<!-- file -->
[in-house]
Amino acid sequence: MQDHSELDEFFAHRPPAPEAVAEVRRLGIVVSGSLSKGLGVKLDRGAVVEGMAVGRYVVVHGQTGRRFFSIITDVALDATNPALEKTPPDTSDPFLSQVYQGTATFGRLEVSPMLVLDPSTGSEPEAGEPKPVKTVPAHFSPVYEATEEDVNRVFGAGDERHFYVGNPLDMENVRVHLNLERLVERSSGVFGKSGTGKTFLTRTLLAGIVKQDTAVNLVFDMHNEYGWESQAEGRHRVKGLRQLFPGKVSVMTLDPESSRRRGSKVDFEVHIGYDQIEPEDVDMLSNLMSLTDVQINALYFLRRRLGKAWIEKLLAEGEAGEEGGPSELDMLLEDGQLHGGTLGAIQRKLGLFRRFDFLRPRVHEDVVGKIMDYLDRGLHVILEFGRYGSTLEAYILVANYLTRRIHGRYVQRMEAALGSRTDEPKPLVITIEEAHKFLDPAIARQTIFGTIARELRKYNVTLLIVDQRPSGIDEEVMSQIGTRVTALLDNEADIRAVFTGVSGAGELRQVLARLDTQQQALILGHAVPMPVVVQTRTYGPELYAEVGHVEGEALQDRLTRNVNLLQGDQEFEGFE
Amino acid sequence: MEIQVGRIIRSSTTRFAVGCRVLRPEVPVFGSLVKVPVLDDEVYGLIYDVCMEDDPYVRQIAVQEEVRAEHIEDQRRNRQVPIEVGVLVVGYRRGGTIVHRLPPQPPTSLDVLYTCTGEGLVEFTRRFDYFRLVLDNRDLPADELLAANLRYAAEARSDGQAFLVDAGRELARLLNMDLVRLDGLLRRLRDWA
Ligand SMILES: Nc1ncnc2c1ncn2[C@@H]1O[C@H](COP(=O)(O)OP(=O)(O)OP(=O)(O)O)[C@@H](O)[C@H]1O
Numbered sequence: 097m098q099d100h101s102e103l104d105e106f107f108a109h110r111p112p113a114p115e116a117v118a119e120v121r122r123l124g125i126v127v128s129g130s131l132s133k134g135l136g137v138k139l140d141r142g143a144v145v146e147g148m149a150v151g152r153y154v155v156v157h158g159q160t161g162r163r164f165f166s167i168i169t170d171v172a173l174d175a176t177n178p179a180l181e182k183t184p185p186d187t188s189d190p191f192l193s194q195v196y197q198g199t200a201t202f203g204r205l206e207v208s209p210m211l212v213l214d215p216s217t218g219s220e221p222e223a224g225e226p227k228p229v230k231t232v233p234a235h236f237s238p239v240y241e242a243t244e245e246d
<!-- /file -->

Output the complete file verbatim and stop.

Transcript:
[in-house]
Amino acid sequence: MQDHSELDEFFAHRPPAPEAVAEVRRLGIVVSGSLSKGLGVKLDRGAVVEGMAVGRYVVVHGQTGRRFFSIITDVALDATNPALEKTPPDTSDPFLSQVYQGTATFGRLEVSPMLVLDPSTGSEPEAGEPKPVKTVPAHFSPVYEATEEDVNRVFGAGDERHFYVGNPLDMENVRVHLNLERLVERSSGVFGKSGTGKTFLTRTLLAGIVKQDTAVNLVFDMHNEYGWESQAEGRHRVKGLRQLFPGKVSVMTLDPESSRRRGSKVDFEVHIGYDQIEPEDVDMLSNLMSLTDVQINALYFLRRRLGKAWIEKLLAEGEAGEEGGPSELDMLLEDGQLHGGTLGAIQRKLGLFRRFDFLRPRVHEDVVGKIMDYLDRGLHVILEFGRYGSTLEAYILVANYLTRRIHGRYVQRMEAALGSRTDEPKPLVITIEEAHKFLDPAIARQTIFGTIARELRKYNVTLLIVDQRPSGIDEEVMSQIGTRVTALLDNEADIRAVFTGVSGAGELRQVLARLDTQQQALILGHAVPMPVVVQTRTYGPELYAEVGHVEGEALQDRLTRNVNLLQGDQEFEGFE
Amino acid sequence: MEIQVGRIIRSSTTRFAVGCRVLRPEVPVFGSLVKVPVLDDEVYGLIYDVCMEDDPYVRQIAVQEEVRAEHIEDQRRNRQVPIEVGVLVVGYRRGGTIVHRLPPQPPTSLDVLYTCTGEGLVEFTRRFDYFRLVLDNRDLPADELLAANLRYAAEARSDGQAFLVDAGRELARLLNMDLVRLDGLLRRLRDWA
Ligand SMILES: Nc1ncnc2c1ncn2[C@@H]1O[C@H](COP(=O)(O)OP(=O)(O)OP(=O)(O)O)[C@@H](O)[C@H]1O
Numbered sequence: 097m098q099d100h101s102e103l104d105e106f107f108a109h110r111p112p113a114p115e116a117v118a119e120v121r122r123l124g125i126v127v128s129g130s131l132s133k134g135l136g137v138k139l140d141r142g143a144v145v146e147g148m149a150v151g152r153y154v155v156v157h158g159q160t161g162r163r164f165f166s167i168i169t170d171v172a173l174d175a176t177n178p179a180l181e182k183t184p185p186d187t188s189d190p191f192l193s194q195v196y197q198g199t200a201t202f203g204r205l206e207v208s209p210m211l212v213l214d215p216s217t218g219s220e221p222e223a224g225e226p227k228p229v230k231t232v233p234a235h236f237s238p239v240y241e242a243t244e245e246d